Her fury caught me off guard, and I replied with great force — unfortunately resorting to using the same profane language this individual used on her social media platform day in and day out. Even social media influencers can be influenced.
And then, this woman – to whom I had only ever been kind and supportive — decided that my reputation, our virtual friendship, and her own self-respect was worth destroying for a little attention on her social media platform.
The message of the podcast episode was very clear to all those who listened with an open heart and mind.
A Jewish marriage is between a man and a woman and with God, Who is a full partner in the creation of our children.
That is why we make sure His presence permeates every room in our homes, including and most importantly in our bedrooms.
A Jewish wedding celebrates the purity and sanctity of the Jewish marriage that has been a principal foundation of the Jewish community since Adam and Chava. The Lubavitcher Rebbe would bless every new couple that they should “build an everlasting edifice….” and stress the importance of the foundation of the home.
Observant Jews, who call themselves Orthodox, avoid chaos in our relationship with God. We pride ourselves for the effort it takes to live as a God-fearing Jew who observes Torah and its commandments. This is how God instructs us to live so we can become closer to Him and walk in His ways.
A wedding with two brides is not something I ever thought I’d see in my lifetime but here we are.
My 16-year-old now knows as much about sins as she does about the commandments. The chaos has accomplished the desensitization it set out to. Successful Exposure therapy essentially.
And that is why I was saddened and dismayed by all the social media influencers who used their platforms to signal to their followers that the Torah is just a means to reach free love in a world where there are no rules.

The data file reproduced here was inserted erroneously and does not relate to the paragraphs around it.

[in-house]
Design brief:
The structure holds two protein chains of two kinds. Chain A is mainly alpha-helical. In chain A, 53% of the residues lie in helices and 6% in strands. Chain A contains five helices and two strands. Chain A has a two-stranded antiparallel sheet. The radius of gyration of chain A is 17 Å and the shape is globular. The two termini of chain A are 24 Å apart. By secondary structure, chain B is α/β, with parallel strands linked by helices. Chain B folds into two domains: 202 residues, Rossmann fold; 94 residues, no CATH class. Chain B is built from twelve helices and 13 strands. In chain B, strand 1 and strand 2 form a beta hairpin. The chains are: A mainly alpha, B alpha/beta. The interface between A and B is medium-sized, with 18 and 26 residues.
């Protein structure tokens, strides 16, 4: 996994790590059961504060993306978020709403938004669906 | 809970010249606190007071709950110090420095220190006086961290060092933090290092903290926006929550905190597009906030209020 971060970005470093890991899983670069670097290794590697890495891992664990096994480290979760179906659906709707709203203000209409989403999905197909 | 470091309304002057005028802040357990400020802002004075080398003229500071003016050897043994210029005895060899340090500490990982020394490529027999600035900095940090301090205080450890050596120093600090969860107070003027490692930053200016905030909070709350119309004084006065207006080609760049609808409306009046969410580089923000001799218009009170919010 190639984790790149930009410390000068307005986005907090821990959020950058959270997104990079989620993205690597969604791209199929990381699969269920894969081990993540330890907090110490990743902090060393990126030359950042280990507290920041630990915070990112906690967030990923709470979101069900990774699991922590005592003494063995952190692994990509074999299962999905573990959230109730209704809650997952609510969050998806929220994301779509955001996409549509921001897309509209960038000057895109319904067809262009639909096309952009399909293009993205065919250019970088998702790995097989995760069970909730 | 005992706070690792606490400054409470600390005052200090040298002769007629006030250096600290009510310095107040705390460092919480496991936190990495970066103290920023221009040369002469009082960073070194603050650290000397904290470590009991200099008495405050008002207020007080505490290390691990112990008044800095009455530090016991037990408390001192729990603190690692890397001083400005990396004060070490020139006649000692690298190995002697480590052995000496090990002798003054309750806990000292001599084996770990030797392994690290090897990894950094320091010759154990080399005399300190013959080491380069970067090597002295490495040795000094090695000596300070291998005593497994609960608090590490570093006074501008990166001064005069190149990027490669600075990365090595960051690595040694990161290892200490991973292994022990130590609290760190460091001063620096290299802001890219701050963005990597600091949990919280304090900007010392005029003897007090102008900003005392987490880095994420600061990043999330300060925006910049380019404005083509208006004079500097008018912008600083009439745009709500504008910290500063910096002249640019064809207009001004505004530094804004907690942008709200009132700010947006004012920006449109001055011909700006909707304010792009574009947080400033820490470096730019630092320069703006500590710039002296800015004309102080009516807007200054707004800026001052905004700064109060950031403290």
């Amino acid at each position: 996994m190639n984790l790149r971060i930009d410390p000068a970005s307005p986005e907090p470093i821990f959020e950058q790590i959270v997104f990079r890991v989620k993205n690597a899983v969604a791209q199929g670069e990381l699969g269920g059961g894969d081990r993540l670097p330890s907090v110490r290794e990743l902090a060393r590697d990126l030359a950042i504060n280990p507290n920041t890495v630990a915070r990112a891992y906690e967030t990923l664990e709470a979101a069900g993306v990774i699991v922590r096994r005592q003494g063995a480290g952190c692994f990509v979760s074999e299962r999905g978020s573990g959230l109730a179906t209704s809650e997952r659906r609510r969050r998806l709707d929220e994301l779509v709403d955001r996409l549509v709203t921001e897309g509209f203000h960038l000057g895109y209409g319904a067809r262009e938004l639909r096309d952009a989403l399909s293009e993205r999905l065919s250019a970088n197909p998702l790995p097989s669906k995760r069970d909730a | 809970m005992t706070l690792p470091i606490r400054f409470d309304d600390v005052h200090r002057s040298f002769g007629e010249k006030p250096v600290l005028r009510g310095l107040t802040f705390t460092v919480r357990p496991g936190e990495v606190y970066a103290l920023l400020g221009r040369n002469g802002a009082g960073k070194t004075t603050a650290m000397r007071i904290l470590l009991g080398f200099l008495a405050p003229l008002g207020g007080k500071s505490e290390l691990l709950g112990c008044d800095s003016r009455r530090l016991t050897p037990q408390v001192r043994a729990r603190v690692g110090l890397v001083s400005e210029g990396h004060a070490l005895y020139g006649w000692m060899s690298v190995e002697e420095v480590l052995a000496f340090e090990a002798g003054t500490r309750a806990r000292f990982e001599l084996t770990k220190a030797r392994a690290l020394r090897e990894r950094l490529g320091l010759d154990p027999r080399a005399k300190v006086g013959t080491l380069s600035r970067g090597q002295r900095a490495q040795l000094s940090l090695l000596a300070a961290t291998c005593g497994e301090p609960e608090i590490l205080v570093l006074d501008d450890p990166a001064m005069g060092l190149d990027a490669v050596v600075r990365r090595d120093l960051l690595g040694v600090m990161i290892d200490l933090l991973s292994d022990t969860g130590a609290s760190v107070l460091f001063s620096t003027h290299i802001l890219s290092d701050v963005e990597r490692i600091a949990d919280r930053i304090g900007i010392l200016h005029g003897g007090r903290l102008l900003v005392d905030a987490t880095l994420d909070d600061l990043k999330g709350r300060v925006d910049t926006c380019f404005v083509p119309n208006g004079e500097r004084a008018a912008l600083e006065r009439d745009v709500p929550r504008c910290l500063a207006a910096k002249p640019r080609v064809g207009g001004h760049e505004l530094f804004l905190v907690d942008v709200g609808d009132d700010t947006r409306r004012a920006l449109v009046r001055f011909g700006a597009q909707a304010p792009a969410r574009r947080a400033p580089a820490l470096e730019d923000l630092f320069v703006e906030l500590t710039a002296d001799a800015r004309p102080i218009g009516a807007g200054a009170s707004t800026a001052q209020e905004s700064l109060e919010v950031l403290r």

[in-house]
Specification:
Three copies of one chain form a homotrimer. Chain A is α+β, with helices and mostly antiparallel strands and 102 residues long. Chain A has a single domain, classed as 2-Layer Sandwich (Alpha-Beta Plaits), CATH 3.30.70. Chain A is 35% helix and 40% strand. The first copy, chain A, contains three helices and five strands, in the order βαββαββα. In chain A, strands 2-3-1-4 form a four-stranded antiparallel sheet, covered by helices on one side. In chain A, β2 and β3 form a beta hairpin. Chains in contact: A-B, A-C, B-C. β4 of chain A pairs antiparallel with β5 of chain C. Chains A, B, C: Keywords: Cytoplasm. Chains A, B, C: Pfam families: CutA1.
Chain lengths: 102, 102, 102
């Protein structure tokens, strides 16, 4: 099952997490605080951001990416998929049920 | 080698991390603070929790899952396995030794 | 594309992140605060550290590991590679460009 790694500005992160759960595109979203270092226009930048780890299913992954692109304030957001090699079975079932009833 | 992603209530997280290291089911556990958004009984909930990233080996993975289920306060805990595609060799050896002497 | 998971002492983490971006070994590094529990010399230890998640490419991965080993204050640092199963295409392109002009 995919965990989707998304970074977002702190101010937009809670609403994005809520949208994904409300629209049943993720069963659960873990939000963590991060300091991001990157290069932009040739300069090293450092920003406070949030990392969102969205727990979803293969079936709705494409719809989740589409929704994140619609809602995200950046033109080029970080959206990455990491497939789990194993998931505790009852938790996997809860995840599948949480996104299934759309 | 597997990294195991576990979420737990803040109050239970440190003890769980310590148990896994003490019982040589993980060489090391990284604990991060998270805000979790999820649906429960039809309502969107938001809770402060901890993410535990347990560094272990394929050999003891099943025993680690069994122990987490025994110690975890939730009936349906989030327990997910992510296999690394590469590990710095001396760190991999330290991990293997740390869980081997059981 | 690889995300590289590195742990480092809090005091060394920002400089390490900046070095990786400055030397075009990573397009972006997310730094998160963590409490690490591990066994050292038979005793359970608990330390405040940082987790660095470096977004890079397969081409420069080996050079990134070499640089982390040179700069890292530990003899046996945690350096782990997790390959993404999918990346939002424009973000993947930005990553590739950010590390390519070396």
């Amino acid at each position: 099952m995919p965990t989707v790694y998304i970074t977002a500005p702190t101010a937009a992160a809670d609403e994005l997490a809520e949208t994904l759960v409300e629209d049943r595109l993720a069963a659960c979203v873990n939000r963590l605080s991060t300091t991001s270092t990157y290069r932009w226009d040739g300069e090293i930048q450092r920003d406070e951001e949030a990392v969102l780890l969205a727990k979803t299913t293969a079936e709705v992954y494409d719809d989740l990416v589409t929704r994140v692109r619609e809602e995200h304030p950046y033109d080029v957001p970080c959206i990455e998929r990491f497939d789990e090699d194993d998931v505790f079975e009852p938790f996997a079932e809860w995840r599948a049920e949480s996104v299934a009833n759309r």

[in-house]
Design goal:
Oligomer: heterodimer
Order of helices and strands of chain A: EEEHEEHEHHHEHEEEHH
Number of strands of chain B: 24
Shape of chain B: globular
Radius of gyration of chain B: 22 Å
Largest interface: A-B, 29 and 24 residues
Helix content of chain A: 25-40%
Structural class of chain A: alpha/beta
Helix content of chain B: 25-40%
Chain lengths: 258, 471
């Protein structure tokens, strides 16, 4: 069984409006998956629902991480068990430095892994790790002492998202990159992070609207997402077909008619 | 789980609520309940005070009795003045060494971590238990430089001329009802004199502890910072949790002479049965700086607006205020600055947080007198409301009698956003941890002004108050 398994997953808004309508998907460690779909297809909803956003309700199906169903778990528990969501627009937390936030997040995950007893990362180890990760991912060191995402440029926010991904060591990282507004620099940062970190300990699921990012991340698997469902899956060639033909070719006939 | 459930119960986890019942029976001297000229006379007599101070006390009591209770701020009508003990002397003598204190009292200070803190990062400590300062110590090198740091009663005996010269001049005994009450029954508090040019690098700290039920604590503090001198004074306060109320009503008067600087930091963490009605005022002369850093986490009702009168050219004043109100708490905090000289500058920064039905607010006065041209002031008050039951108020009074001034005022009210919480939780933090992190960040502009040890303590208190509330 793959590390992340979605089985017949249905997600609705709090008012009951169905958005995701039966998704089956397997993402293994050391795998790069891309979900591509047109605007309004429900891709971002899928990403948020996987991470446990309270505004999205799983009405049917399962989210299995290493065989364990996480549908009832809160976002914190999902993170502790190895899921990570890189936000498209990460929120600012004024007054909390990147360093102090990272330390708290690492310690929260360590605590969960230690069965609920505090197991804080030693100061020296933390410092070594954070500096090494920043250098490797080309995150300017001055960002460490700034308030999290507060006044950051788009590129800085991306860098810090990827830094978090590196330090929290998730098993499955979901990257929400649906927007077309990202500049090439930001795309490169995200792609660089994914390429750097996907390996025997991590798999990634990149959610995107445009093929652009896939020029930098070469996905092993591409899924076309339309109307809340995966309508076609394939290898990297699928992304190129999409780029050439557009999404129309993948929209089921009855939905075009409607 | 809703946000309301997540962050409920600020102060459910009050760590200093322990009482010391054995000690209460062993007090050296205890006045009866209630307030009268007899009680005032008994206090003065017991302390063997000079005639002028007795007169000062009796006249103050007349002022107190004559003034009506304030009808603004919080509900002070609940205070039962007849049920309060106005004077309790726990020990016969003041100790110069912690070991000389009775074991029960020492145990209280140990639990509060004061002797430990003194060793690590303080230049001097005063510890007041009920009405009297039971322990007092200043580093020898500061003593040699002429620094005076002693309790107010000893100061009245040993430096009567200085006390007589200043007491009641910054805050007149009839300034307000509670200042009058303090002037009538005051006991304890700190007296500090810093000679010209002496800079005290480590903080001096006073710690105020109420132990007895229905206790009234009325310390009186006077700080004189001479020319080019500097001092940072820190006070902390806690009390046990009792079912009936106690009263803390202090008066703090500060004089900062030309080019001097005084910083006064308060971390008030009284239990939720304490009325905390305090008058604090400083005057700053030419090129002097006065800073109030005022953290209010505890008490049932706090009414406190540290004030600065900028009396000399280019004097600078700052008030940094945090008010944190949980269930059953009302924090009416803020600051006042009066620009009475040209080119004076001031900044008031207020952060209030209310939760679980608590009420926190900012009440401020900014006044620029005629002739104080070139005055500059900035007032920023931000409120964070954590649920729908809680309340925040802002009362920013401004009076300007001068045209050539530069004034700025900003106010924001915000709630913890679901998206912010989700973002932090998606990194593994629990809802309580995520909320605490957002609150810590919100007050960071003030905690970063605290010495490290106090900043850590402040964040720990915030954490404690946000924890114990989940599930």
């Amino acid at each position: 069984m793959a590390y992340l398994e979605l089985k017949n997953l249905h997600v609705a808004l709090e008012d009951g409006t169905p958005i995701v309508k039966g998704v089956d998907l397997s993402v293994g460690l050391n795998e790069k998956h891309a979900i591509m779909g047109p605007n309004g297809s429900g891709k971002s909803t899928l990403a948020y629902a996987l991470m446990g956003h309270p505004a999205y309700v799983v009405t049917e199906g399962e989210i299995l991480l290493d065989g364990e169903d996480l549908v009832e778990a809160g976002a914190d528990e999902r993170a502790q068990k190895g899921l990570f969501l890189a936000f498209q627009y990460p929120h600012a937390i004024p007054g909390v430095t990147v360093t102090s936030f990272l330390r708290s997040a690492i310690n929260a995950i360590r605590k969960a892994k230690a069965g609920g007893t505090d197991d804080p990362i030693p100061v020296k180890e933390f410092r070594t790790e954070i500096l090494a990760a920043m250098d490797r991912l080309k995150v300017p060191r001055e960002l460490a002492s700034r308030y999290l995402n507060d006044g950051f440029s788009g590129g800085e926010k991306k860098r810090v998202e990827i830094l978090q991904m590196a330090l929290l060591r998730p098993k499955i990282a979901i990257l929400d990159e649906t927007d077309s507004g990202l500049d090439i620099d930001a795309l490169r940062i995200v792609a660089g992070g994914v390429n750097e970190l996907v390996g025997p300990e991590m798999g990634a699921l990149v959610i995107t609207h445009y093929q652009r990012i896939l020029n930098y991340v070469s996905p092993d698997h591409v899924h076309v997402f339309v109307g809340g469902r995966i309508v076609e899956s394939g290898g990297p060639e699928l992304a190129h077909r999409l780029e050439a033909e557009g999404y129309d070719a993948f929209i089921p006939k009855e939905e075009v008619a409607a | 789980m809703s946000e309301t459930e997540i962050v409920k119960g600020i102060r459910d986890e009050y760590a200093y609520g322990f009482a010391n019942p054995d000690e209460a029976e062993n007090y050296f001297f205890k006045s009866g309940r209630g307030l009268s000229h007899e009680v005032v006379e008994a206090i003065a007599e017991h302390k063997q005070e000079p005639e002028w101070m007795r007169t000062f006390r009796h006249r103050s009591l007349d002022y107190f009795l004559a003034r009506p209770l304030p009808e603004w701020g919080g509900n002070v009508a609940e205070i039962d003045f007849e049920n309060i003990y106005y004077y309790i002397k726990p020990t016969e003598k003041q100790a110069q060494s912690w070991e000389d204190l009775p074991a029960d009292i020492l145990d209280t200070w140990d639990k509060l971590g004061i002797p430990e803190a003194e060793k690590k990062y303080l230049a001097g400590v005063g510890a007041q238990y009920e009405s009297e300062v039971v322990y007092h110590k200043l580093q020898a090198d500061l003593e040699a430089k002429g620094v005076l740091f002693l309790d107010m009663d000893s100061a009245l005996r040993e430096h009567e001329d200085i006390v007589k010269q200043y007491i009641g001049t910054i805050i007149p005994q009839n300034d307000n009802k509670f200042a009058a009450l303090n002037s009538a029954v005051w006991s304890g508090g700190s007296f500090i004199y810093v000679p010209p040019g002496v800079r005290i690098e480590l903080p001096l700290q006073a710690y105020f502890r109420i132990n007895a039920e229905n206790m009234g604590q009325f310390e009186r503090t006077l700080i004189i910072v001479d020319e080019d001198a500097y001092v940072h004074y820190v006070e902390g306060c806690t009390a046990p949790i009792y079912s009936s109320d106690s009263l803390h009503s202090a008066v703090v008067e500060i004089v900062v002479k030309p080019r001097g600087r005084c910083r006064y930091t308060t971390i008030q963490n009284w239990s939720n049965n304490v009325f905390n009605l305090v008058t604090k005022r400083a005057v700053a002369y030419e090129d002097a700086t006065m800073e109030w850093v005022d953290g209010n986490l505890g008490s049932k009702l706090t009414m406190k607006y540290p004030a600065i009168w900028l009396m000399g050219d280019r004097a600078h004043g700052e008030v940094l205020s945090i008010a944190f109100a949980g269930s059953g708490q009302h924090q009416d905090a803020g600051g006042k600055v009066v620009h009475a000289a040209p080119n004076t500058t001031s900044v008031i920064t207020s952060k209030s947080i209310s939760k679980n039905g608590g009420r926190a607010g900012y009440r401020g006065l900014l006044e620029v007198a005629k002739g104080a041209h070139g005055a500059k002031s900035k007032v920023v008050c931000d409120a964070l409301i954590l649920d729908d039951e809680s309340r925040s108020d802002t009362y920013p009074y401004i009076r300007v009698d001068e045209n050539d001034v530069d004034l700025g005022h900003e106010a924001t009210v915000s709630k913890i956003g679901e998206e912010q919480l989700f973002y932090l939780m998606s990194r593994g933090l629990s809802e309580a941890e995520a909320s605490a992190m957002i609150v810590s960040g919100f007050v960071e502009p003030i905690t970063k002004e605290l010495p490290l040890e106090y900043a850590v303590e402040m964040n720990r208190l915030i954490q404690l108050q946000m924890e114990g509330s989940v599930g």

I was saddened and dismayed that I became the target of a vicious campaign to destroy my career, cancel my podcast and social media accounts.
I have spoken about a lot of things in my career and never have I been on the receiving end of such demented and depraved messages like I received from the “frum LBGTQ” community.
In a collective effort they flagged my tweet for “hate” and succeeded in convincing Twitter to permanently suspend my account when I tweeted about what I was experiencing.
It’s not my responsibility to tell people what to do. My only responsibility is to speak up for my own, and to speak up when struggles become a weapon that is used to emotionally blackmail a community to accept the unacceptable, to normalize the impossible and to celebrate the breakdown of our Torah values in public.
A deliberate rejection of the Torah should be deliberately rejected by the Orthodox community swiftly and unanimously.
We are a nation of priests, a sacred people, children of the Holy God of Israel. We must love the sinner and hate the sin. We can embrace the sinner and reject the sin.
Hashem holds us in His embrace no matter what we choose. But He rejects sin because he loves us. May we all merit to raise children who can live, speak and practice their Torah faith freely, with true pride for Who and what they represent.